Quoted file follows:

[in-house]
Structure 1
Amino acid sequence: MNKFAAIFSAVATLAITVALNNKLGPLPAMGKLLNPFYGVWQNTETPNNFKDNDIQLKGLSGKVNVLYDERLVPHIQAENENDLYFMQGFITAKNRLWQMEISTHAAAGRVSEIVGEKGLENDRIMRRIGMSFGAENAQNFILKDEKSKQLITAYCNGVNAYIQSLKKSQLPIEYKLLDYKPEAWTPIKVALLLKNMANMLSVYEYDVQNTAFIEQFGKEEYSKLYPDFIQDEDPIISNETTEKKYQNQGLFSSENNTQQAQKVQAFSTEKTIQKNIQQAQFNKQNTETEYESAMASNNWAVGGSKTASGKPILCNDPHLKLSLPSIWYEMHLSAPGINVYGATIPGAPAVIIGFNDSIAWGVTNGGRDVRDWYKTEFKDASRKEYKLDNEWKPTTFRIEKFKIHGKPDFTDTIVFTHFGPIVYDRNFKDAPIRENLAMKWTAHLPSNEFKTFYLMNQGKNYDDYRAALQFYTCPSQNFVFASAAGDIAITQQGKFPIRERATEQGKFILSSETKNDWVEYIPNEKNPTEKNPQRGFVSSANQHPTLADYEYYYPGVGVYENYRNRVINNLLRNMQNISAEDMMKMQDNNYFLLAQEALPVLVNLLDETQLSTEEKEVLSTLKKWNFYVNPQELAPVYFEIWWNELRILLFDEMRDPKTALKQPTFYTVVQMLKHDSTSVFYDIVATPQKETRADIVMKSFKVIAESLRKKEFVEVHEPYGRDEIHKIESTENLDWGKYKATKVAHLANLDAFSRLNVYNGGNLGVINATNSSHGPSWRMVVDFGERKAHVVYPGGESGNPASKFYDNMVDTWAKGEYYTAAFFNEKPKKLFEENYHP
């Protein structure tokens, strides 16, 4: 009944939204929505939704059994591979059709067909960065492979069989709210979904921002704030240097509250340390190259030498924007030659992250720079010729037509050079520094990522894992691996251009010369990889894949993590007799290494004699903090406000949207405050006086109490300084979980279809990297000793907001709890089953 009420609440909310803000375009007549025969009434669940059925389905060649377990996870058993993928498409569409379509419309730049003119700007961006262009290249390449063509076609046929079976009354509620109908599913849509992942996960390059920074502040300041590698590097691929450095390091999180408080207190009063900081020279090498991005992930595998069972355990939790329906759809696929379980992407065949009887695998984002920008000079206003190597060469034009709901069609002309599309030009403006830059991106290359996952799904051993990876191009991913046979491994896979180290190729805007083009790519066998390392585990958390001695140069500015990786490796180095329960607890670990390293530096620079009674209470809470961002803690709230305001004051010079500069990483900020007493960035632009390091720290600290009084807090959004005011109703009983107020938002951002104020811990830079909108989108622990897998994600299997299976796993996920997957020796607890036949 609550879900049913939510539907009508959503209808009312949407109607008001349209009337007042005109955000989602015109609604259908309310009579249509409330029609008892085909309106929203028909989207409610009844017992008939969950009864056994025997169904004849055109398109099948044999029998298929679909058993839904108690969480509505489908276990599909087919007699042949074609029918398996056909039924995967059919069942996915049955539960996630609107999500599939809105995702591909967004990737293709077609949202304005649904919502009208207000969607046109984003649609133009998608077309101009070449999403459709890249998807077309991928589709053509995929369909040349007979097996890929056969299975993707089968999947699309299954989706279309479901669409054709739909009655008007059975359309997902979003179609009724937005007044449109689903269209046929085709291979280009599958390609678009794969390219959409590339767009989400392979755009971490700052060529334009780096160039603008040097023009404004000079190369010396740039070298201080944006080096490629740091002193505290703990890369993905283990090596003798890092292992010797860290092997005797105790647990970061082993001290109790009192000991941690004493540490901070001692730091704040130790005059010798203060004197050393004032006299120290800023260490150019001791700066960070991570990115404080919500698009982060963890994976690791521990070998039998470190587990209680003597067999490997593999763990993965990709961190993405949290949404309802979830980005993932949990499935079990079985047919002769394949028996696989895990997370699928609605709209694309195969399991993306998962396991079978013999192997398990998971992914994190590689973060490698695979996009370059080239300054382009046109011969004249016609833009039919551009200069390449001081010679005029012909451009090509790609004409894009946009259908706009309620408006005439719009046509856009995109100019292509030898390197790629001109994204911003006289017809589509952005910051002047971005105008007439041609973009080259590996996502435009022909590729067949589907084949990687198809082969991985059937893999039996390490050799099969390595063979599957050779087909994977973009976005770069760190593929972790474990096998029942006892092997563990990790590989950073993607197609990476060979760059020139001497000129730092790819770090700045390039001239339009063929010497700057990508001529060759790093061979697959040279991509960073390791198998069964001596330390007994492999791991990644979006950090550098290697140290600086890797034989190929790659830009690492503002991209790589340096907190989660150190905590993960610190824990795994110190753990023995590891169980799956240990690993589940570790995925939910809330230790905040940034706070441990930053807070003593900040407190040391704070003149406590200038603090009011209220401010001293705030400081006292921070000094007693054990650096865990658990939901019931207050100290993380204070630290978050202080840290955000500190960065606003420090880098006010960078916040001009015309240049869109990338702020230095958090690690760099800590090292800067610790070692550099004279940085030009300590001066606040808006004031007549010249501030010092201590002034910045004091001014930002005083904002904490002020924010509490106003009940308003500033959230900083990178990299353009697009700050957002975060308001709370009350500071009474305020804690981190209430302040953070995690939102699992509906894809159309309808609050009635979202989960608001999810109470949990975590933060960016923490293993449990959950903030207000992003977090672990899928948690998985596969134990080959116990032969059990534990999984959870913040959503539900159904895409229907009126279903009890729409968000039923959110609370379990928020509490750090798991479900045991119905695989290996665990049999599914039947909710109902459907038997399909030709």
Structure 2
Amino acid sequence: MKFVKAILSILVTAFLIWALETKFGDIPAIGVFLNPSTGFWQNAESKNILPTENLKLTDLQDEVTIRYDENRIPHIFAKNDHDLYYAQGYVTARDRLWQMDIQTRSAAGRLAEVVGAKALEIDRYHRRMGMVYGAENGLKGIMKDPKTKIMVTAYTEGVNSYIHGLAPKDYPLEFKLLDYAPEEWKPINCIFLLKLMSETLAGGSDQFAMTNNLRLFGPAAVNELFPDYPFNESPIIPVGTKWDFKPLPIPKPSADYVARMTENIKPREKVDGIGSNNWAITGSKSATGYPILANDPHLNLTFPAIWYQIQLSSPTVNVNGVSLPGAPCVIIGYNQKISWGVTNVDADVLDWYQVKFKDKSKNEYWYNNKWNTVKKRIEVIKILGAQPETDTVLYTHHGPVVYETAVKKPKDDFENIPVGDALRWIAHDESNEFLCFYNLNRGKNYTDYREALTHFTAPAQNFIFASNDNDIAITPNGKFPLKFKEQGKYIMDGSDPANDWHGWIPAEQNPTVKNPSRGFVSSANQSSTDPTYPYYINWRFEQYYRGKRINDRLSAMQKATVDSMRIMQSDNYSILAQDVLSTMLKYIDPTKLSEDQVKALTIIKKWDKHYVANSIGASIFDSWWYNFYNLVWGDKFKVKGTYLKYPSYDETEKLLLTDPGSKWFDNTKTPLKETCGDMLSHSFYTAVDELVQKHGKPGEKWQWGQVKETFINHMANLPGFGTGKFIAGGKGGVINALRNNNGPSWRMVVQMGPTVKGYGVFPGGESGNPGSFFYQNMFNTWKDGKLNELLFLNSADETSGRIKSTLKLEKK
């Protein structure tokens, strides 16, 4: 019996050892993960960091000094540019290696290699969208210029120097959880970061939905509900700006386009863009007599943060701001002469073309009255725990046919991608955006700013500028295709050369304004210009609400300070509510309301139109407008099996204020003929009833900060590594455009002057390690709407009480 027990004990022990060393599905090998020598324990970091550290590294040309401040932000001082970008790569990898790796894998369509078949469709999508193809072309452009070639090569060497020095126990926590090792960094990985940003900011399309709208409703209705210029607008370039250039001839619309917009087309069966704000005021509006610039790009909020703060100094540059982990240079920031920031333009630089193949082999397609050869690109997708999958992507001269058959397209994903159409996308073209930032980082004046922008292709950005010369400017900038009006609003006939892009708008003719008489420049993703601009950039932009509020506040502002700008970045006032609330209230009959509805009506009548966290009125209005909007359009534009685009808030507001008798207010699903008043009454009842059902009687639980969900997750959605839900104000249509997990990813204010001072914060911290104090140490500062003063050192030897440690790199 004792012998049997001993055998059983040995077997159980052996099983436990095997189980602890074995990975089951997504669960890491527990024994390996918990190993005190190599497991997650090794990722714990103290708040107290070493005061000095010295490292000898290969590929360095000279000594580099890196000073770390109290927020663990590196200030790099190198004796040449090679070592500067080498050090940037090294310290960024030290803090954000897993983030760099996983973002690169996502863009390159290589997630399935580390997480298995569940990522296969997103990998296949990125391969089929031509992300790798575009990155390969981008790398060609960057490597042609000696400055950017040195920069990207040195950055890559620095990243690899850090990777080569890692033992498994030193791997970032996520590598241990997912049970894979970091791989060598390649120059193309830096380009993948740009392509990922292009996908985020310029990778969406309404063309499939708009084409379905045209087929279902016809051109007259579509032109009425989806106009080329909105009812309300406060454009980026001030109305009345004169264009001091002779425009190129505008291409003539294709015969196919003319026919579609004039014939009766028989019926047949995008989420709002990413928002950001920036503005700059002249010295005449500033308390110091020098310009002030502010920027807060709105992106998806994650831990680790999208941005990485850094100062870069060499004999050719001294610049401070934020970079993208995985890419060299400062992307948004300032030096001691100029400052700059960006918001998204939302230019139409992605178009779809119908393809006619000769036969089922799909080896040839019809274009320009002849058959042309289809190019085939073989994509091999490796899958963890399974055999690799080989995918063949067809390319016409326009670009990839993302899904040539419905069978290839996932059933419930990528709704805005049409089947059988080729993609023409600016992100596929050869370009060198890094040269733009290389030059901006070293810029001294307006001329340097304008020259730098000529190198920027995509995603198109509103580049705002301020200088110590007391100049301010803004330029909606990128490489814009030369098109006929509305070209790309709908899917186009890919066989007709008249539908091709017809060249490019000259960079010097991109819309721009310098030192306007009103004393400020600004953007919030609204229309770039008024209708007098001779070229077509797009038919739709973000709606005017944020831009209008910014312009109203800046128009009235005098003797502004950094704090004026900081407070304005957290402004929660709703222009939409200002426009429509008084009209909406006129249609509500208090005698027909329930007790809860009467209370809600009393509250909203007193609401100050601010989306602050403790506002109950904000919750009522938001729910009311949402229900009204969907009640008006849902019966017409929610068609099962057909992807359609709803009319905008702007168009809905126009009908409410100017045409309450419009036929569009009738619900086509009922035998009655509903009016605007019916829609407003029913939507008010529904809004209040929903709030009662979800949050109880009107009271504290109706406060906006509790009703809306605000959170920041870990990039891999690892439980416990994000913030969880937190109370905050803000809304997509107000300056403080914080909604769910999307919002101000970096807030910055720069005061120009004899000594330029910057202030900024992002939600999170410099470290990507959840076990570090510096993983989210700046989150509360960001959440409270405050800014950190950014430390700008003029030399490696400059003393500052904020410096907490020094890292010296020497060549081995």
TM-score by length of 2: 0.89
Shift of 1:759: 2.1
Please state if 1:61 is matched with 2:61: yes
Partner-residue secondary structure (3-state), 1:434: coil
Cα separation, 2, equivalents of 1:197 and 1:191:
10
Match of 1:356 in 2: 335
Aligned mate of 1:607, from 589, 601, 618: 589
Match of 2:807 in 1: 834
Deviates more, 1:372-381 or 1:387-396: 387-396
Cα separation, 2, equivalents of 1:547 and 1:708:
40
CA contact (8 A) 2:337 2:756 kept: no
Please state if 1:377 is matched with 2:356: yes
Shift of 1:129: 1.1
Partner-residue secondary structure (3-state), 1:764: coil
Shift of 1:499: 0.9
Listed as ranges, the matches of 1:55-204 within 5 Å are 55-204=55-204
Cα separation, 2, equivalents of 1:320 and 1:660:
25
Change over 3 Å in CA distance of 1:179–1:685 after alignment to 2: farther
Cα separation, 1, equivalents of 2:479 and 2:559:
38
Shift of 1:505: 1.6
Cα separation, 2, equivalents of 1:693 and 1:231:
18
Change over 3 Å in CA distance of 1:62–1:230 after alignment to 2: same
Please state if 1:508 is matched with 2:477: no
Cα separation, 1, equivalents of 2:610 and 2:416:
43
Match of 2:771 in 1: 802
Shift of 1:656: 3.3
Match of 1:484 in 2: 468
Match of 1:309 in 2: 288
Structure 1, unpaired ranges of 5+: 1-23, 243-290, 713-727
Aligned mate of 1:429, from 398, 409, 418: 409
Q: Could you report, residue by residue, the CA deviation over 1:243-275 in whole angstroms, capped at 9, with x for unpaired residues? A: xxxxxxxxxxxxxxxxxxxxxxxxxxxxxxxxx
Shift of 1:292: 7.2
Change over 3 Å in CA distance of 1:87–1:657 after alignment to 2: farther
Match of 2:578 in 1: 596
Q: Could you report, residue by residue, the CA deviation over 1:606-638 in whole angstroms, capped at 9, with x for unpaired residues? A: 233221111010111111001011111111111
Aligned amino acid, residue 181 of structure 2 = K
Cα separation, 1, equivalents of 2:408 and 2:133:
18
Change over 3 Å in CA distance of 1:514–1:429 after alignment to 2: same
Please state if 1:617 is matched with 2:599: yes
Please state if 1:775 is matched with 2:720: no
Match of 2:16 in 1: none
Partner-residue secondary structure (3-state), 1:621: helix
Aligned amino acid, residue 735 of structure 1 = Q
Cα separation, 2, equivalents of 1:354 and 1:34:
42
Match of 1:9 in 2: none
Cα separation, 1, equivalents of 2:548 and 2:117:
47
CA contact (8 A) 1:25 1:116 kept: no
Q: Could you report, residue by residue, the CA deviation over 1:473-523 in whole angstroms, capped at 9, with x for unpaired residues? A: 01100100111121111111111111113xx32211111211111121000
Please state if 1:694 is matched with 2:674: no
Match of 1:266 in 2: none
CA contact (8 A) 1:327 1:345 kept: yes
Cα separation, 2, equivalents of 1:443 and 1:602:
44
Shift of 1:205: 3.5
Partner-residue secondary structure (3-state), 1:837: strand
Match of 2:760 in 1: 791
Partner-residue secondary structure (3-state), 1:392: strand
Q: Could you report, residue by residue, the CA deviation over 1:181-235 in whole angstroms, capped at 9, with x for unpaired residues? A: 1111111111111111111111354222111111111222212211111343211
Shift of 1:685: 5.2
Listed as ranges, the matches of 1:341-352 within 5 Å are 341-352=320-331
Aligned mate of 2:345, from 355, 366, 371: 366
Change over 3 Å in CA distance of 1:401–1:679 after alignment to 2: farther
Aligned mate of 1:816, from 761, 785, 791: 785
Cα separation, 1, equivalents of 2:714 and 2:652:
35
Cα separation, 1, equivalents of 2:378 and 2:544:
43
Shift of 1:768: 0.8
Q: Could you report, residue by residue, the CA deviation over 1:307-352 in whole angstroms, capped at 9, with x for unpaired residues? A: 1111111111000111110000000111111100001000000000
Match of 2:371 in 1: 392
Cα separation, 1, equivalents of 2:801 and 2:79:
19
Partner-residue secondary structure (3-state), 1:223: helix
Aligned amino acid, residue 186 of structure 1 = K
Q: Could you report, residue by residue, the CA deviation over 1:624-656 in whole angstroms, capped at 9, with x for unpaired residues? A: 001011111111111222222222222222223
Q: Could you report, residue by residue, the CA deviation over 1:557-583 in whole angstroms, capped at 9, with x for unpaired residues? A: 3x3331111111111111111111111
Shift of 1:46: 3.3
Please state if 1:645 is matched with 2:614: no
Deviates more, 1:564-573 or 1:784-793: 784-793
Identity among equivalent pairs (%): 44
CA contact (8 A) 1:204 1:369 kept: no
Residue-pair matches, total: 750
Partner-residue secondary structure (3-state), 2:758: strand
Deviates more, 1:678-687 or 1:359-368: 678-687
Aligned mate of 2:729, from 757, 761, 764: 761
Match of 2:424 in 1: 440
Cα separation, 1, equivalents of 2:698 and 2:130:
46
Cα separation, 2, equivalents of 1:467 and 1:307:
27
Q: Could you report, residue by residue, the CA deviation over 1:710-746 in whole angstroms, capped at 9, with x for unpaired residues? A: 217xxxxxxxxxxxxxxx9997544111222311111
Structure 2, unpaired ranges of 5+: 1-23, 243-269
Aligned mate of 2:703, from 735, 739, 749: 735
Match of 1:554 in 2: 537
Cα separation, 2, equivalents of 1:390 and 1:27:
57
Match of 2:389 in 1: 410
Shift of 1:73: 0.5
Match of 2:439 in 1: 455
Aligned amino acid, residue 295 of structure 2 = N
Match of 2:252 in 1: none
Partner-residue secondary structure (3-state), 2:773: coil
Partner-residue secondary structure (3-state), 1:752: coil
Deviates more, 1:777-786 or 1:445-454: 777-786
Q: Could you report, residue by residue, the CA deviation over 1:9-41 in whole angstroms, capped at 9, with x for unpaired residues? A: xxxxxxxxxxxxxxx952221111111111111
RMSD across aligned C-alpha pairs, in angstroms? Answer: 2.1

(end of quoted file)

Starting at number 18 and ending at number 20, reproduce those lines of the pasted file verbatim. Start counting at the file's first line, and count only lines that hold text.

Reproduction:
Cα separation, 2, equivalents of 1:547 and 1:708:
40
CA contact (8 A) 2:337 2:756 kept: no